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UN MOORE'S LAST OPERATIC FARCE. Of one, whom love nor pity sways,
Nor hope of fame, nor good men's praise, A FÁRCICAL EPIGRAM
One, who in stern ambition's pride,
Perchance not blood shall turn aside,
One rank'd in some recording page
With the worst anarchs of the age,
Him wilt thou know-and knowing pause,
Nor with the effect forget the cause.
Neustead Abbey, Oct. 11th, 1811
Sept. 14, 1811.
ON LORD THURLOW'S POEMS.
EPISTLE TO MR. HODGSON,
DEDICATED TO MR. ROGERS.
IN ANSWER TO SOME LINES EXHORTING HIM TO BE
CHEERFUL, AND TO “BANISH CARE."
WHEN Thurlow this damn'd nonsense sent,
And since not ev'n our Rogers' praise-
“Oh! banish care”-such ever be
To me, divine Apollo, grant-0!
And thus to furnish decent lining,
TO LORD THURLOW.
" I lay my branch of laurel down,
Then thus to form Apollo's crown,
Lord Thurlow's Lines to Mr. Rogers.
"Twere long to tell, and vain to hear,
“ I lay my branch of laurel down.”
Why, what thou'st stole is not enow;
Does Rogers want it most, or thou ?
Or send it back to Doctor Donne-
He'd have but little, and thou-none.
“ Then thus to form Apollo's crown.”
Inquire among your fellow-lodgers,
“ Let every other bring his own.”
And owls sent to Athens as wonders,
Or Liverpool weeps o'er his blunders ;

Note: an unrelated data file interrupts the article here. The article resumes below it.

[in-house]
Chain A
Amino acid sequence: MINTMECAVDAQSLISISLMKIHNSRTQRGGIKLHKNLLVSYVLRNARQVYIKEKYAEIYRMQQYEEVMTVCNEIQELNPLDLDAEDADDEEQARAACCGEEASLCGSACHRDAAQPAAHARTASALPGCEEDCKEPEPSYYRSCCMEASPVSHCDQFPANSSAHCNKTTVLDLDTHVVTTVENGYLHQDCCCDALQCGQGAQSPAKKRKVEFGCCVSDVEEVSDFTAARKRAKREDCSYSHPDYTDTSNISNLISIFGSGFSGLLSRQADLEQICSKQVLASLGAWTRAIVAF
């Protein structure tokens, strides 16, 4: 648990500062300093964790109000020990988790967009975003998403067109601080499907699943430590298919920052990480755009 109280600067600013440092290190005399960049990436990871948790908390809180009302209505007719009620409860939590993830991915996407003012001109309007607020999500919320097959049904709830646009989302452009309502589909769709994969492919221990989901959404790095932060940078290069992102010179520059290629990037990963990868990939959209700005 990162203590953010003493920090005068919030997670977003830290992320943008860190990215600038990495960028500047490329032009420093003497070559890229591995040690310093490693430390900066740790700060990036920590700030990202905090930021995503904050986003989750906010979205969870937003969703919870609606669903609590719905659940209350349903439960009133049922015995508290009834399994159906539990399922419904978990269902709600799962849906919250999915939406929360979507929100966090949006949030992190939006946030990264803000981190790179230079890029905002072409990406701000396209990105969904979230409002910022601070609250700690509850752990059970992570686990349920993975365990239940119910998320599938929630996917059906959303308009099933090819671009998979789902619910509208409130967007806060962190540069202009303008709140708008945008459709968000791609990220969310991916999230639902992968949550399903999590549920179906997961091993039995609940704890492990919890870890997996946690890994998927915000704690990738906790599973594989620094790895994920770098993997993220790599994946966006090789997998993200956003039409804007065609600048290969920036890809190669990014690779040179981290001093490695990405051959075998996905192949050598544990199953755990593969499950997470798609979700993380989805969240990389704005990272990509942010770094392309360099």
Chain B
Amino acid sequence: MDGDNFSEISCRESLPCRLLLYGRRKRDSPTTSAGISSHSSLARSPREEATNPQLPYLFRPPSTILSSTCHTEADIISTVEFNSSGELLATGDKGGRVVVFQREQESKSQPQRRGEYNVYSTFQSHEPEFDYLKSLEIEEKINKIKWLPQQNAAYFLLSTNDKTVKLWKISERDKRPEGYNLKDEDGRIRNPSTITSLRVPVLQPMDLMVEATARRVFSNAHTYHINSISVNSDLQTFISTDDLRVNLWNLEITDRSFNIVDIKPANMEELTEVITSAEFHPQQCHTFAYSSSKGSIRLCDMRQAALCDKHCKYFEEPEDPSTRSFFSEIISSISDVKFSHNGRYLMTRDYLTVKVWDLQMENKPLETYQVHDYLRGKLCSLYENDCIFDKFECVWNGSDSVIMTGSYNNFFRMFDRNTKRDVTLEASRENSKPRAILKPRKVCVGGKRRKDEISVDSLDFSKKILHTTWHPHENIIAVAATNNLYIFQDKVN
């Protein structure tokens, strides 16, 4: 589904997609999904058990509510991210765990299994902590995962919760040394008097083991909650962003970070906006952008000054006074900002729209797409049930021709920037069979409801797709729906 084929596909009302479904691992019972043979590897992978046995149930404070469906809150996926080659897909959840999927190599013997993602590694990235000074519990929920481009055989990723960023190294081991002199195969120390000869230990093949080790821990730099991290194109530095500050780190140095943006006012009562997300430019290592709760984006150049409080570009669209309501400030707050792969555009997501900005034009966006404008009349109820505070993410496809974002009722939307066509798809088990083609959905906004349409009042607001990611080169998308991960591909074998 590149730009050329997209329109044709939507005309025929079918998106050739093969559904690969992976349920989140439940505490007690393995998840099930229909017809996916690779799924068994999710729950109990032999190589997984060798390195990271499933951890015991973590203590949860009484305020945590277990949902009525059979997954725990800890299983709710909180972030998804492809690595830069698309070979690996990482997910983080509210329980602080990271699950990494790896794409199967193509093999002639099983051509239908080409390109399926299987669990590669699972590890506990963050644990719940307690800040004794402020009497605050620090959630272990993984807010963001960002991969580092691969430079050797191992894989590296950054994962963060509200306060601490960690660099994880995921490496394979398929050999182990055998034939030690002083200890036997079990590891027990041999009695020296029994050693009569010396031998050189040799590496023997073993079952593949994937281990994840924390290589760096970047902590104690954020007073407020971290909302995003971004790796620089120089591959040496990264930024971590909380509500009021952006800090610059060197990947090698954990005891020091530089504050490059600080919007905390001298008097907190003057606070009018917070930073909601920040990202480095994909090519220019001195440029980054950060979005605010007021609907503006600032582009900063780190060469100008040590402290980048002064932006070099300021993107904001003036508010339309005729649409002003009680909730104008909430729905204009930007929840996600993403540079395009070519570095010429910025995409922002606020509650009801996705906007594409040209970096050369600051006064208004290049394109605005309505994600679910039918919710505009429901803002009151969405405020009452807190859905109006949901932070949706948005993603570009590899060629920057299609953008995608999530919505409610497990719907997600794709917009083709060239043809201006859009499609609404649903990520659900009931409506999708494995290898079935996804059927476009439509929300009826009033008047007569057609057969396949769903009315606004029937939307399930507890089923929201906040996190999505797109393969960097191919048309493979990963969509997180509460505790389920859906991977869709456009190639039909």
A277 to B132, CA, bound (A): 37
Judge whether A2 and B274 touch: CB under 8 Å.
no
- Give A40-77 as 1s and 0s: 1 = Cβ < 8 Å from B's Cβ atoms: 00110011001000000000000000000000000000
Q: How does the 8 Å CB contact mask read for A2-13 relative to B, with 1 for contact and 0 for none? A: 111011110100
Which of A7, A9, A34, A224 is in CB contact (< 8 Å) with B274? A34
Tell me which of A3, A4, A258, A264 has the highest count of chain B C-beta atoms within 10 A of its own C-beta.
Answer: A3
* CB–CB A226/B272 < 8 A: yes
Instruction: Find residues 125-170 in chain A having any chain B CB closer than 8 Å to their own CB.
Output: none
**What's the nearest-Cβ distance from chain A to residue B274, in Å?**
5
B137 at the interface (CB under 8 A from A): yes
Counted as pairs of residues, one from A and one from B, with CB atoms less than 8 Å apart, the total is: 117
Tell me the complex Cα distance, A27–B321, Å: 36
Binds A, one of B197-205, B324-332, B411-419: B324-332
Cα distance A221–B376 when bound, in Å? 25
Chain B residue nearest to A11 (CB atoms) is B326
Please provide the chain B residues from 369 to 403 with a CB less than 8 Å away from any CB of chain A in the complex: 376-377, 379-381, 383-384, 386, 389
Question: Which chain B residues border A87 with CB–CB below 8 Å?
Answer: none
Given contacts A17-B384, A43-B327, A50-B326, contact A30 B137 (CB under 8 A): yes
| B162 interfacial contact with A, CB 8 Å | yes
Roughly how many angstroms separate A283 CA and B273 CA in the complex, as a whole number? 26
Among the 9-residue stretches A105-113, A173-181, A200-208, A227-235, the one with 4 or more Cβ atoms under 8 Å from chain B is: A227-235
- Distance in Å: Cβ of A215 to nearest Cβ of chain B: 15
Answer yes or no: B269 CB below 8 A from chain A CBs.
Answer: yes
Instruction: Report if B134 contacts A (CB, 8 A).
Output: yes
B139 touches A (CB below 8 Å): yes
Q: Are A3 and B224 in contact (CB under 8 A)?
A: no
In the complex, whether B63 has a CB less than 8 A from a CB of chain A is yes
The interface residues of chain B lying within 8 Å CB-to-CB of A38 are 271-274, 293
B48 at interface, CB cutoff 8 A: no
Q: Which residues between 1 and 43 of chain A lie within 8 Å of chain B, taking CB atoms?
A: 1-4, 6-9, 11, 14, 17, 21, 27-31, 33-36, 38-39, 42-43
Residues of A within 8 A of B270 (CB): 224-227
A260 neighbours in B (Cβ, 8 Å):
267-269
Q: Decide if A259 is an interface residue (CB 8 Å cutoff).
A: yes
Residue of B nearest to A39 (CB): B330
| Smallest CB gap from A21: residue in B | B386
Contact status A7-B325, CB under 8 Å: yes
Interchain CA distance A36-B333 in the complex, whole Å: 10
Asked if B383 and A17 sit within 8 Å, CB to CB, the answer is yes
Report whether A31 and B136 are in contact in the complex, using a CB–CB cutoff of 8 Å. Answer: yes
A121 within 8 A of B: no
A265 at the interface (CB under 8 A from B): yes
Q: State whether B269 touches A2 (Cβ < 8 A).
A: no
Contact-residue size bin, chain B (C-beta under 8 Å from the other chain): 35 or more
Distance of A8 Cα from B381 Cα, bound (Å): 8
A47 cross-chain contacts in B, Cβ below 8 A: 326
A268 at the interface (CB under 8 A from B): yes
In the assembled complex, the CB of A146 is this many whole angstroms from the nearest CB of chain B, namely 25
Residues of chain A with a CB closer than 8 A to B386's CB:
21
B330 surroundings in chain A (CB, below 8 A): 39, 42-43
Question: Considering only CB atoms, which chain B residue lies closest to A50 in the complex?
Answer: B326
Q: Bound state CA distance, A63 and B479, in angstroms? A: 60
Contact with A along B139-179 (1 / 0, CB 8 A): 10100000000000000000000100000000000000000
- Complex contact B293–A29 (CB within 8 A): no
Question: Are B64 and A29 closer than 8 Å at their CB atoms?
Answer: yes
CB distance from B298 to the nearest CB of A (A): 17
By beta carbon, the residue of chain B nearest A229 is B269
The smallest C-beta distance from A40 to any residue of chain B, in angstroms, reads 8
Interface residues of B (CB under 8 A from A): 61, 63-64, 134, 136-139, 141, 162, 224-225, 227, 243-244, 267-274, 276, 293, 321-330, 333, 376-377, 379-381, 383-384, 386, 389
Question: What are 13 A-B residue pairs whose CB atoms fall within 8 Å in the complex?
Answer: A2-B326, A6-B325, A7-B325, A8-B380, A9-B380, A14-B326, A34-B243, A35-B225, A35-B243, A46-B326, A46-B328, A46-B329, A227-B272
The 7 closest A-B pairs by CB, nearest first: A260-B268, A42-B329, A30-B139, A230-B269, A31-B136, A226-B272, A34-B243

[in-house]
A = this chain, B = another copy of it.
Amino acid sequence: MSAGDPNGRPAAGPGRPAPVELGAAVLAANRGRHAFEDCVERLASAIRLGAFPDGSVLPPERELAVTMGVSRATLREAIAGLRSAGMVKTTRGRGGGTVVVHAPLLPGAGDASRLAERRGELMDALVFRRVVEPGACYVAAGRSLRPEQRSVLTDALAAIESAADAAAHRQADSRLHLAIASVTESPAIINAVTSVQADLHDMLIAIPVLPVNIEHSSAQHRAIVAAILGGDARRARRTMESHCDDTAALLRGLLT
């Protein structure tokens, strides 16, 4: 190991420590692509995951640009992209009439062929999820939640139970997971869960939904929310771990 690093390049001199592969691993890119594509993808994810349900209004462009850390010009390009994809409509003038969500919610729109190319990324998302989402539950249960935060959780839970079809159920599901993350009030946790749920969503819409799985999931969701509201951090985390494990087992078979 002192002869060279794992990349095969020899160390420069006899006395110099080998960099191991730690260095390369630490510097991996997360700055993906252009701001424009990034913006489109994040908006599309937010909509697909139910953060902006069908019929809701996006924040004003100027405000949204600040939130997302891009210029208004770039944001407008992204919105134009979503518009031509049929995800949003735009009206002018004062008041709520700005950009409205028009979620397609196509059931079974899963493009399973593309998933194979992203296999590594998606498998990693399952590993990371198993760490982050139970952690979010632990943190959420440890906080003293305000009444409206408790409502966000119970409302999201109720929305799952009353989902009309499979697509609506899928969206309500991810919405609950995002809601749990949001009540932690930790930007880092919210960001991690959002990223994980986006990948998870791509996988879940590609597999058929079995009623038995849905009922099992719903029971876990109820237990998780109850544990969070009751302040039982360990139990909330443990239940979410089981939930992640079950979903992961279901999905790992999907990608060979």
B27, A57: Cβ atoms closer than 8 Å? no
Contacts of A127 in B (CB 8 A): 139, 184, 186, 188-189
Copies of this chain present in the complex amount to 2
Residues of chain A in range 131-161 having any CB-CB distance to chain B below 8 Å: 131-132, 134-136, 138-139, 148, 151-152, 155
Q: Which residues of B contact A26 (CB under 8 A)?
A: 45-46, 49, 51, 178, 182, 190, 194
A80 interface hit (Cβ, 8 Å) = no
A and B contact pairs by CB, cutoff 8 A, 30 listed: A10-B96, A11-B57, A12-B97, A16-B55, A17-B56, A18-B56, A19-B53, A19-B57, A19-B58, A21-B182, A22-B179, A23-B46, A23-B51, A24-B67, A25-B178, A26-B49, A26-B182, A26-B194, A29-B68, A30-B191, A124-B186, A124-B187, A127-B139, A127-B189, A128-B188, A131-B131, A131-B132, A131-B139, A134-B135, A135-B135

When Castlereagh's wife has an heir,
And thou shalt have plenty to spare
But let this pass-I'll whine no more,
TO THOMAS MOORE.
THE DEVIL'S DRIVE.
WRITTEN THE EVENING BEFORE HIS VISIT, IN COM- for this strange, wild poem, which extends to about two hundred and nity
PANY WITH LORD BYRON, TO MR. LEIGH HUNT lines, the only copy that Lord Byron, I believe, ever wrote, he presented to IN HORSEMONGER-LANE JAIL, MAY 19, 1813.
Lord Holland. Though with a good deal of vigor and imagination, it is for the most part, rather clumsily executed, wanting the point and condeny
sation of those clever verses of Mr. Coleridge which Lord Byron, adopting On you, who in all names can tickle the town,
a notion long prevalent, has attributed to Professor Porson. There are Anacreon, Tom Little, Tom Moore, or Tom Brown, however, some of the stanzas of - The Devil's Drive” well worth pre For hang me if I know of which you may most brag,
serving.)-Moore. Your Quarto two-pounds, or your Two-penny Post
The Devil return'd to hell by two,
And he staid at home till five;
When he dined on some homicides done in ragout, But now to my letter-to yours 'tis an answer | And a rebel or so in an Irish stew, To-morrow be with me, as soon as you can, sir, And sausages made of a self-slain Jew, All ready and dress’d for proceeding to spunge on
And bethought himself what next to do, (According to compact) the wit in the dungeon- “ And,” quoth he, “I'll take a drive, Pray Phæbus at length our political malice
I walk'd in the morning, I'll ride to-night: May not get us lodgings within the same palace! In darkness my children take most delight, I suppose that to-night you're engaged with some And I'll see how my favorites thrive.
And for Sotheby's Blues have deserted Sam Rogers; “ And what shall I ride in ?" quoth Lucifer then-
And at present my purpose is speed;
And watch that no souls shall be poach'd away.
“I have a state-coach at Carlton House,
1 A chariot in Seymour Place; • WHAT say I?”-not a syllable further in prose; But they're lent to two friends, who make me amends I'm your man of all measures,” dear Tom,--sol By driving my favorite pace: here goes!
And they handle their reins with such a grace,
Then up to the earth sprung he;
ea) never To look upon Leipsic plain;